Cooperation with Israel's first-rate universities and advanced hospitals could give Egypt's educational and medical facilities a significant boost. Egypt's youth are thirsty for the knowledge, training, and skills that would maximize their productivity. Moreover, because the rapidly increasing populations of Ethiopia and Sudan need more Nile water for their own agriculture and development, Egypt – which is downstream – must learn to use the river wisely. Water conservation, reclamation, purification, distribution, and irrigation techniques, as well as desalination plants on the Mediterranean, are needed to ensure that Egyptians have access to abundant, clean drinking water. Israel is the most experienced country on earth in water technology.

Unfortunately, an enduring Israeli-Palestinian peace seems far off. But ultimately, the time will come when a new Palestinian leadership realizes that Israel is a mature, respected country and a potential ally to them. Egypt could then play a pivotal role in bringing the sides together in mutual acceptance and productive coexistence.

In a world accustomed to thinking in zero-sum terms – where one side's gain is another side's loss – the time has come for a win-win proposition. But the successful implementation of cooperative Israeli-Egyptian ventures requires working diligently on the building of mutual trust. Such ventures would directly benefit both countries and, as a secondary dividend, reduce anti-Semitism and other forms of extremism and contribute to regional peace.
Bret Stephens NYTs: What Was Iran Hiding in Turquz Abad?
Buried in a recent report from the International Atomic Energy Agency is: "Iran's implementation of its Safeguards Agreement and Additional Protocol require[s] full and timely cooperation by Iran. The Agency continues to pursue this objective with Iran." That's an exquisite way of saying that Iran is stonewalling the agency.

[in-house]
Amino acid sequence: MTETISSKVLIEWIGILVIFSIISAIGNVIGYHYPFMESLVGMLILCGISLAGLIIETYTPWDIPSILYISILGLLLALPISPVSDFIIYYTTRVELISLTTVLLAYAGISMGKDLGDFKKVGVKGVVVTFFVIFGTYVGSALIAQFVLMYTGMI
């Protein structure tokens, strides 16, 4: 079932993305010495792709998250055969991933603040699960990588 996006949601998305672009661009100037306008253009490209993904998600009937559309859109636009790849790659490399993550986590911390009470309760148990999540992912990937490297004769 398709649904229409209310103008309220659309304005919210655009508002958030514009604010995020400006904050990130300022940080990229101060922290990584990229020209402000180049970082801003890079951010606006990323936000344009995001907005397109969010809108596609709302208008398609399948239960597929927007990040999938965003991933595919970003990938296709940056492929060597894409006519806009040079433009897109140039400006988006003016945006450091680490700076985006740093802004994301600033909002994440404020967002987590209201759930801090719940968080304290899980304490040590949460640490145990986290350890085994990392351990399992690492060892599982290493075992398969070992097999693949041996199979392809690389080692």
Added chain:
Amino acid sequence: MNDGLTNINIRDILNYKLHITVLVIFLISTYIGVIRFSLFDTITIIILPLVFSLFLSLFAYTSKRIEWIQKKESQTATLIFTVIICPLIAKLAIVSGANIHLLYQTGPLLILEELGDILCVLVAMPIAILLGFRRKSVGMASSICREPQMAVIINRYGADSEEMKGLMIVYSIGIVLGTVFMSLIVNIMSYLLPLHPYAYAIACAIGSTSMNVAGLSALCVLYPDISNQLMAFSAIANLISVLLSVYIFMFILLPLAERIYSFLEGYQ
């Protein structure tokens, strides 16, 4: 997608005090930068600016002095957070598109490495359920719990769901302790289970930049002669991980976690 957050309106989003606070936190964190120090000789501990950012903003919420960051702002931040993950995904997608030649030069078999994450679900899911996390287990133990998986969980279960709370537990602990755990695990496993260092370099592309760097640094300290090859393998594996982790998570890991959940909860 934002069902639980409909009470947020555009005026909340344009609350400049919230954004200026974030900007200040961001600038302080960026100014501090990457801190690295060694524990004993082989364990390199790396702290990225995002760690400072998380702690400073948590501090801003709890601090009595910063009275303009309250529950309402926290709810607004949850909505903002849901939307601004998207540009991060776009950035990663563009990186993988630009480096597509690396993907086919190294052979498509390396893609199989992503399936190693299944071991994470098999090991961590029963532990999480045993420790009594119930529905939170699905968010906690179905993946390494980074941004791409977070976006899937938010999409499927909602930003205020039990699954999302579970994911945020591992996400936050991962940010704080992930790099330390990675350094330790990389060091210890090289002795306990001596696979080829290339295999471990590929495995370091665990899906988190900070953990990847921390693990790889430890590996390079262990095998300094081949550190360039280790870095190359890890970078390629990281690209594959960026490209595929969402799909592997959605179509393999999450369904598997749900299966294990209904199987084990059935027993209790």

Last September, Israeli Prime Minister Benjamin Netanyahu told the UN General Assembly that Iran had a "secret atomic warehouse for storing massive amounts of equipment and material from Iran's secret nuclear weapons program" on the outskirts of Tehran in a village called Turquz Abad. He urged IAEA chief Yukiya Amano to "inspect this atomic warehouse immediately."

The IAEA only got around to inspecting the site earlier this year, long after the suspicious materials had vanished. But nuclear inspectors were nonetheless able to detect radioactive particles, corroborating Israeli claims about the purpose of the warehouse.

The agency's unwillingness to follow up promptly and effectively on Israel's allegations, along with its reluctance to disclose what it found, inspire little confidence in the quality of its inspections and even less in its willingness to call out cheating.